WTB Committed Raiders!

LFM (or Women, I’m not much fussed). People who are competent. People who know how to play their class and play it well. People who have enough wisdom to not abuse the leader of a raid or a guild when things just don’t work out right. People who are just plain fun to chat to and group with!

Lately, as I have mentioned many a time, we have been having trouble fielding a full 25 man group. Now, I have mentioned the reasons (well, what I think are the reasons) for this, so I am not going to go into massive detail about why I think these people have been vanishing. Today is all about the effects that it seems to be having on myself and my fellow raiders. How to fix it? No fricking idea! But the following story (sit down, grab a coffee, maybe even some popcorn!) is a great example of what seems to be going on lately.

Yesterday, we had a grand total of 15 guildies in the raid. This meant that we had to fill up ten spots with applicants, and people from another guild who just got to tag along for the ride. We ventured into SSC (home of THE elevator, who claimed quite a few lives yet again!), where I think we usually perform pretty well. Sure, we haven’t downed Vashj. However, 5/6 of the bosses are on farm, and we can usually smack ’em down in a couple of hours. Easy peasy. However, we forgot to calculate ‘the pug equation’ *insert ominous music*.

We slowly but surely began (Sar was late due to several bluescreen issues – yes, I know, I need a new REAL computer… or at least a formatting!). Trash was a little messy – nothing major, just slow and painful. No biggie though, because hey, it’s only trash, right? We bypassed Hydross, because his loot is basically poo-on-a-stick, and he is one of those fights where new people have some trouble with the DPS off/No HoTs or DoTs past this point kinda thing. I didn’t much mind, Hydross drives me batty with his colour changes! So off to Lurker we go!

Once again, the trash wasn’t really a big deal. We took a bit of a slowlyslowly approach, which is different, but it worked. I think I died once, out of blatant stupidity (lrn2readOmen noob!), and a couple of others did as well. Jumped on down to Lurker, went through the fight in GREAT detail, with much emphasis on four key points:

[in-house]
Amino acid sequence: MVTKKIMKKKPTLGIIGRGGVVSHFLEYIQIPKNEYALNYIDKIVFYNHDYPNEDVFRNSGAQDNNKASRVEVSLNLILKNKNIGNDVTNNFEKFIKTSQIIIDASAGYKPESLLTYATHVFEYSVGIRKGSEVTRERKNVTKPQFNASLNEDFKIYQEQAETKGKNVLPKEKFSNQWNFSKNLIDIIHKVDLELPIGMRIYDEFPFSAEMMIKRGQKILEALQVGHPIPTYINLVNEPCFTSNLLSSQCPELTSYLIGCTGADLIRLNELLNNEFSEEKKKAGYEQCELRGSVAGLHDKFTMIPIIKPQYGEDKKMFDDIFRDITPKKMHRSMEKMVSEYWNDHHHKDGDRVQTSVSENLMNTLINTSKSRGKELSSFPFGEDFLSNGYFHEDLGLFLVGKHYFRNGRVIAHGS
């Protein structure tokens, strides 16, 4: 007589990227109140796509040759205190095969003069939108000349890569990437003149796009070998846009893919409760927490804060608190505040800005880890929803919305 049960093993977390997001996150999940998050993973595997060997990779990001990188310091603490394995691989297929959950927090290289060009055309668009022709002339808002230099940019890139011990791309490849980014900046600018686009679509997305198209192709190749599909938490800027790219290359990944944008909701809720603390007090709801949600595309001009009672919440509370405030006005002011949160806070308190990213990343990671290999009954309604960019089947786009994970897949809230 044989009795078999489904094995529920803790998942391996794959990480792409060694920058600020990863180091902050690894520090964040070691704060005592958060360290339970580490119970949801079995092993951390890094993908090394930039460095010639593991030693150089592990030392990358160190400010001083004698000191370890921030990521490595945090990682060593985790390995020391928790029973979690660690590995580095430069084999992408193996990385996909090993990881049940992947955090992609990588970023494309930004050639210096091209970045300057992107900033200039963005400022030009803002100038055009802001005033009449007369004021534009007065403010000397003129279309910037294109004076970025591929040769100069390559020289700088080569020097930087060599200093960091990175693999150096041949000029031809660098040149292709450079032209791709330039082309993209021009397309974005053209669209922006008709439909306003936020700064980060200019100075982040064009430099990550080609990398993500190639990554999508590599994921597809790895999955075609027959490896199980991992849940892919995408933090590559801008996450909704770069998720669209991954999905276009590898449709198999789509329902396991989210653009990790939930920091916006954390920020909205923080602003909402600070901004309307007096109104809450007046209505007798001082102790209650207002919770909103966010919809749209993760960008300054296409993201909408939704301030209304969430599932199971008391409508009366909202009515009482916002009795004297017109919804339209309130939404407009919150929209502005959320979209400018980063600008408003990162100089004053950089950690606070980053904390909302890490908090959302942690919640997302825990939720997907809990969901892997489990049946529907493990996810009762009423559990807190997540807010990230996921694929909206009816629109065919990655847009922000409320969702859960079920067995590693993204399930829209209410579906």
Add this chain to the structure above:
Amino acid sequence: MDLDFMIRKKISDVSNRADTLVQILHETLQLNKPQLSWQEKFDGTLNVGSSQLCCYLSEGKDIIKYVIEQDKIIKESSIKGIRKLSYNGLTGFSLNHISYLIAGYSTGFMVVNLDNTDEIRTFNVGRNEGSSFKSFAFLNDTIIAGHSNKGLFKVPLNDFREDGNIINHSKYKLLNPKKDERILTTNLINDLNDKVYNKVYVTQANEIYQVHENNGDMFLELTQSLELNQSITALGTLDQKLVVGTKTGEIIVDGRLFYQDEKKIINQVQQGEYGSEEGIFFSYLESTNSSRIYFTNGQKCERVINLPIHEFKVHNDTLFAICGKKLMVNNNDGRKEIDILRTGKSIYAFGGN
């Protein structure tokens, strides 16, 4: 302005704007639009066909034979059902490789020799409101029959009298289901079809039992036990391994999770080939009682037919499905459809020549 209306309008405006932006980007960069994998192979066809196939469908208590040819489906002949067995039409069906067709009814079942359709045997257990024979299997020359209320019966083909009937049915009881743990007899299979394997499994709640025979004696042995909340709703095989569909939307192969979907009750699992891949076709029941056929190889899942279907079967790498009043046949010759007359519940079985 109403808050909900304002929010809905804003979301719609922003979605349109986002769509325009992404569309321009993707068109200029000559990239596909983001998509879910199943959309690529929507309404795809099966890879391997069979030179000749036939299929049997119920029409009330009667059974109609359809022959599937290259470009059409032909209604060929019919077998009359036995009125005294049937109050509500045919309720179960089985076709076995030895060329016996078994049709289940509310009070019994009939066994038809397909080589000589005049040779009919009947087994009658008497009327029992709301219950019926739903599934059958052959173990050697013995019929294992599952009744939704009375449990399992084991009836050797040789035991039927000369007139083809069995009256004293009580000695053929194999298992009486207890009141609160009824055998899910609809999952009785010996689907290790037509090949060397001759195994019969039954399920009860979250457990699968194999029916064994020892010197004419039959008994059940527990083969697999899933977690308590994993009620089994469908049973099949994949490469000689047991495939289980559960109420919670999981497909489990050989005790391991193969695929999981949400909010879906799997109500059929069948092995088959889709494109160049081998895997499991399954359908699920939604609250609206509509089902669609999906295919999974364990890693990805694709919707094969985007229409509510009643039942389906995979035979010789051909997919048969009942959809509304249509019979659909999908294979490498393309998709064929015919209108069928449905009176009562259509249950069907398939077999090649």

a) Spout = Get Under Water NOW!

b) Whirl = take a step back if you aren’t on an island

c) Chain sheep the mobs please, and Do Not Break the Sheep!

d) Please ensure LOS with the tank

Overall, not difficult. Lurker is usually a fast boss where the only interest is racing the others for top DPS. However, yesterday was a different story. Many people couldn’t understand the concept of “Under the Water NOW!”, and subsequently got Spouted into oblivion. Healers forgot to heal the tank *snicker*. Sheep got broken, or forgotten about by mages. Most every rule for this fight was broken, again, and again…and again. Finally, after 3 attempts, we got him down. Huzzah! Off to Leotheras!

On the way to Leotheras, we managed to wipe, or suffer significant casualties on almost every pull. Most of this was because of silly mistakes ‘I forgot to sheep, whoops!’, ‘Oh, I was attacking the wrong target!’. It was still frustrating though to wipe so many times on the trash. I think it was a testament to how boring it was that one of the other warlocks whispered me saying he was bored (and he is a very committed raider!). I replied with the sentiment that I think I would have actually preferred to be in Karazhan on Hermia – my dislike of Karazhan is well known! Spending most of the raid dead on the floor is just not fun.

Finally, we got to Leotheras. Now, to be honest, I expected a couple of wipes here. Leotheras is a fairly challenging fight in my opinion, and it would take us a while to get him. However, we did have a good hour and a half left of raid time. Surely we could do it, right? Well, we put in a good few attempts. It was clear the group had the potential to do it, if only things would just swing our way. However, the frustration clearly won out at the end of the night, which was evident in the explosion that followed from one raider.